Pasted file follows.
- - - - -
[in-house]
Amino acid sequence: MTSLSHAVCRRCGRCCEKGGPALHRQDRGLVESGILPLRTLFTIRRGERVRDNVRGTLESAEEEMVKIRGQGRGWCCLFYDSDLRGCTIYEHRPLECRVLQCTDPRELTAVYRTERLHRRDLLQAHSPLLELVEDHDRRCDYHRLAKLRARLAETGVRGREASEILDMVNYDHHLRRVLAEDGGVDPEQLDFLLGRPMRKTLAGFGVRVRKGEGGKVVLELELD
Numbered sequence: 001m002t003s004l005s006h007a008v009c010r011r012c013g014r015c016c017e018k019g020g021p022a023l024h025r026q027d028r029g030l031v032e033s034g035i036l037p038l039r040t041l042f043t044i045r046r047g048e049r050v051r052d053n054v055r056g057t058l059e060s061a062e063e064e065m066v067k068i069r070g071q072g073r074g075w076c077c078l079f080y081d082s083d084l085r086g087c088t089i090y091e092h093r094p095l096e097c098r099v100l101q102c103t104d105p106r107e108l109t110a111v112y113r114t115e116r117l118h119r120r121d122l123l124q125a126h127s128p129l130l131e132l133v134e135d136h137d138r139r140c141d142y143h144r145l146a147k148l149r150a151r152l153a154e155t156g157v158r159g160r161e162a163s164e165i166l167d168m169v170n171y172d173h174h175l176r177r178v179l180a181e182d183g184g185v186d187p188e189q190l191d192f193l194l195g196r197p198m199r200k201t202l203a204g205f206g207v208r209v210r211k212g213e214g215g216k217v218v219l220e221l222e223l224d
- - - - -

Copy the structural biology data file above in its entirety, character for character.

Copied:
[in-house]
Amino acid sequence: MTSLSHAVCRRCGRCCEKGGPALHRQDRGLVESGILPLRTLFTIRRGERVRDNVRGTLESAEEEMVKIRGQGRGWCCLFYDSDLRGCTIYEHRPLECRVLQCTDPRELTAVYRTERLHRRDLLQAHSPLLELVEDHDRRCDYHRLAKLRARLAETGVRGREASEILDMVNYDHHLRRVLAEDGGVDPEQLDFLLGRPMRKTLAGFGVRVRKGEGGKVVLELELD
Numbered sequence: 001m002t003s004l005s006h007a008v009c010r011r012c013g014r015c016c017e018k019g020g021p022a023l024h025r026q027d028r029g030l031v032e033s034g035i036l037p038l039r040t041l042f043t044i045r046r047g048e049r050v051r052d053n054v055r056g057t058l059e060s061a062e063e064e065m066v067k068i069r070g071q072g073r074g075w076c077c078l079f080y081d082s083d084l085r086g087c088t089i090y091e092h093r094p095l096e097c098r099v100l101q102c103t104d105p106r107e108l109t110a111v112y113r114t115e116r117l118h119r120r121d122l123l124q125a126h127s128p129l130l131e132l133v134e135d136h137d138r139r140c141d142y143h144r145l146a147k148l149r150a151r152l153a154e155t156g157v158r159g160r161e162a163s164e165i166l167d168m169v170n171y172d173h174h175l176r177r178v179l180a181e182d183g184g185v186d187p188e189q190l191d192f193l194l195g196r197p198m199r200k201t202l203a204g205f206g207v208r209v210r211k212g213e214g215g216k217v218v219l220e221l222e223l224d